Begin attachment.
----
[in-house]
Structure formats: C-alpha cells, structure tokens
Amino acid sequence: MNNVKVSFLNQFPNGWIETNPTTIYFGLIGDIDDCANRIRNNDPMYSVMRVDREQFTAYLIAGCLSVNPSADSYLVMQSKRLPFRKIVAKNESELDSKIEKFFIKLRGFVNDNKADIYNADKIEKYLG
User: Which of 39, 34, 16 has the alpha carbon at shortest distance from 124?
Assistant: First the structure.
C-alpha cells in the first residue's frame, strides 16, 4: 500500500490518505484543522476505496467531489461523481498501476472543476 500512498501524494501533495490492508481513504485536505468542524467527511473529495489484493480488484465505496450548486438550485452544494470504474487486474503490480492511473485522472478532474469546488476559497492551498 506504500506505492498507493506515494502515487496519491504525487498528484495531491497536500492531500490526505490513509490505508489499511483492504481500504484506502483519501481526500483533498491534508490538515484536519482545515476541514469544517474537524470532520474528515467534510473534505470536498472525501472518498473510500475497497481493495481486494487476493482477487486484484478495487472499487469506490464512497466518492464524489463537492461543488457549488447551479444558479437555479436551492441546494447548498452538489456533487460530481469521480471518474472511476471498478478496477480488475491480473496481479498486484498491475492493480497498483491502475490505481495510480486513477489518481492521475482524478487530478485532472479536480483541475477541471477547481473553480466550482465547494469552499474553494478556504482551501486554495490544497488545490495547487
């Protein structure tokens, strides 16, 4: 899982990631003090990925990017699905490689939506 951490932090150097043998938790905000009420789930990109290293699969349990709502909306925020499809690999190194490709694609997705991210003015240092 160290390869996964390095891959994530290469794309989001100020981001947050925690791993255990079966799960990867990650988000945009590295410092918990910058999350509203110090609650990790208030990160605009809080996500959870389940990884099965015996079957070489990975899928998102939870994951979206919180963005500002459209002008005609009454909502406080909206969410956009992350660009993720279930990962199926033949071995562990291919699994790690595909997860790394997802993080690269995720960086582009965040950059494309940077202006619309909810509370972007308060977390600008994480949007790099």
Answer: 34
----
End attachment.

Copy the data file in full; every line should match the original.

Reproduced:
[in-house]
Structure formats: C-alpha cells, structure tokens
Amino acid sequence: MNNVKVSFLNQFPNGWIETNPTTIYFGLIGDIDDCANRIRNNDPMYSVMRVDREQFTAYLIAGCLSVNPSADSYLVMQSKRLPFRKIVAKNESELDSKIEKFFIKLRGFVNDNKADIYNADKIEKYLG
User: Which of 39, 34, 16 has the alpha carbon at shortest distance from 124?
Assistant: First the structure.
C-alpha cells in the first residue's frame, strides 16, 4: 500500500490518505484543522476505496467531489461523481498501476472543476 500512498501524494501533495490492508481513504485536505468542524467527511473529495489484493480488484465505496450548486438550485452544494470504474487486474503490480492511473485522472478532474469546488476559497492551498 506504500506505492498507493506515494502515487496519491504525487498528484495531491497536500492531500490526505490513509490505508489499511483492504481500504484506502483519501481526500483533498491534508490538515484536519482545515476541514469544517474537524470532520474528515467534510473534505470536498472525501472518498473510500475497497481493495481486494487476493482477487486484484478495487472499487469506490464512497466518492464524489463537492461543488457549488447551479444558479437555479436551492441546494447548498452538489456533487460530481469521480471518474472511476471498478478496477480488475491480473496481479498486484498491475492493480497498483491502475490505481495510480486513477489518481492521475482524478487530478485532472479536480483541475477541471477547481473553480466550482465547494469552499474553494478556504482551501486554495490544497488545490495547487
């Protein structure tokens, strides 16, 4: 899982990631003090990925990017699905490689939506 951490932090150097043998938790905000009420789930990109290293699969349990709502909306925020499809690999190194490709694609997705991210003015240092 160290390869996964390095891959994530290469794309989001100020981001947050925690791993255990079966799960990867990650988000945009590295410092918990910058999350509203110090609650990790208030990160605009809080996500959870389940990884099965015996079957070489990975899928998102939870994951979206919180963005500002459209002008005609009454909502406080909206969410956009992350660009993720279930990962199926033949071995562990291919699994790690595909997860790394997802993080690269995720960086582009965040950059494309940077202006619309909810509370972007308060977390600008994480949007790099």
Answer: 34